Anthrax and the 3 S’s

| October 27, 2001 | 0 Comments
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By Will Verboven
Anthrax is one of those hot words that strikes instant fear into many citizens. That fear seems to have come to the attention of real and wannabe terrorists and the usual collection of copycat nut cases – particularly after September 11th.

Those warped individuals have been mailing Anthrax spores to various people and organisations in the USA in the hope of either spreading the disease or instigating a mass panic.

Neither is likely to happen but the fallout may well affect consumer attitudes in North America towards meat. It will only add to the psychological damage already done to beef consumption by BSE and Foot and Mouth disease.

The North American media spent many months whipping those two diseases into spectres of doom.

Incredibly, thanks to media hype, the majority of consumers believed those two diseases actually existed on this continent.

But why does Anthrax strike such fear into the hearts of citizens? It is true that under certain circumstances and at certain levels of infection it is fatal to humans.

But such conditions are rare. The reality is that Anthrax is a very old disease in North America and spores are in the soil virtually everywhere – particularly in western North America.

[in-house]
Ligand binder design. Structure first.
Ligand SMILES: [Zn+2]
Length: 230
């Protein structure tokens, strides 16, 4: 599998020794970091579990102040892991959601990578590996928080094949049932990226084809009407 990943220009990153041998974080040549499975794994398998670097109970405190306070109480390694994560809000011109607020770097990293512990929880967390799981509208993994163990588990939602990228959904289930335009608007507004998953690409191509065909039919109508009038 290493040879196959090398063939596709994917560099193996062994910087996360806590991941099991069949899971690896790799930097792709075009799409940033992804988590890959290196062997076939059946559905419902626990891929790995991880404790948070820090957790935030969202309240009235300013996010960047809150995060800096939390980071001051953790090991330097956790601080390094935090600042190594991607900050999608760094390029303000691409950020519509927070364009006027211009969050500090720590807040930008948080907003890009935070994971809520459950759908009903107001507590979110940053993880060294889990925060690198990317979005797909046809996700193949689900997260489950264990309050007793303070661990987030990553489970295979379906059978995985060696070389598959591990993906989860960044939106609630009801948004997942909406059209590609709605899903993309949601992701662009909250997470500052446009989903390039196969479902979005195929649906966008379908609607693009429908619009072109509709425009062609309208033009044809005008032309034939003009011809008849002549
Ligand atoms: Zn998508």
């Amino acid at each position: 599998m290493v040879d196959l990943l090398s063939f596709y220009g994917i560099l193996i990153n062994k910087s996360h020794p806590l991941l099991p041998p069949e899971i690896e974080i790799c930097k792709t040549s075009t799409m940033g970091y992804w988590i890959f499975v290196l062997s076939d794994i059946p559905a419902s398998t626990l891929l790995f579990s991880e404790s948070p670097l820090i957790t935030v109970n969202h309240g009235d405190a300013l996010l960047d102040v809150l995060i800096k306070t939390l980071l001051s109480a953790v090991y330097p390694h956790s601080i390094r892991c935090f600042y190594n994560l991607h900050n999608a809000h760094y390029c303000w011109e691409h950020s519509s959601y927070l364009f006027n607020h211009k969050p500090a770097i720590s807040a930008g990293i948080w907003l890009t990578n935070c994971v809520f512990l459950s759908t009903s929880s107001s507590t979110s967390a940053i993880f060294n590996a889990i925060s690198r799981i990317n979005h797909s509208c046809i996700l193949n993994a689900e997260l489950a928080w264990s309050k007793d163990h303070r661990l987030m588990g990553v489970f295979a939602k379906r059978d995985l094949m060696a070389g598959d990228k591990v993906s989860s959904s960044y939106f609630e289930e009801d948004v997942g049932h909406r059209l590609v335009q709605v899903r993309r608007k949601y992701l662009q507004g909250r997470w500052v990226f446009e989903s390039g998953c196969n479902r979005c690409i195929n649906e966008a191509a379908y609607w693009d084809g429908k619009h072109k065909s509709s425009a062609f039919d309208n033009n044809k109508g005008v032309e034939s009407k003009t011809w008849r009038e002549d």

That’s because the vast herds of Bison that existed until about 120 years ago were carriers of Anthrax.

Untold thousands died from the disease over the millennia and their diseased remains deposited the Anthrax spores over most of the western part of the continent. The spores seem to have a very long lifespan and come to life whenever the soil is disturbed under certain climatic conditions.

Anthrax is also more common than the average citizen realises. Last year 30 head of cattle died from Anthrax northwest of Calgary and this year six died southeast of the city. In both cases cattle were grazing near riverbanks that had collapsed and released spores from the remains of ancient diseased bison. Other outbreaks have occurred on a regular basis in the northern plains of the USA.

The 3 S’s
A government veterinarian has stated that Anthrax is probably under reported in North American livestock because single deaths are rarely of concern and producers usually do not send in tissue samples of those animals for lab diagnosis.

Also, unless there is a significant loss, few producers want their cattle herd reputation tainted by any connection to Anthrax. This is particularly true for those involved in the purebred business. It’s been said that the 3 S principle (shoot, shovel and shut up) covers up many such disease cases.

Then again it’s hard to determine whether deranged terrorists are just plain stupid or are very media smart. Although Anthrax spores are easy to reproduce in a laboratory, they are fairly difficult to spread in the correct dosage to affect the general population.

Yet whether the current Anthrax letter campaign is effective or not matters little – when measured against the high level of media hysteria and public anxiety that has already been created. The terrorists and lunatics win either way.

 

Category: Animal Health

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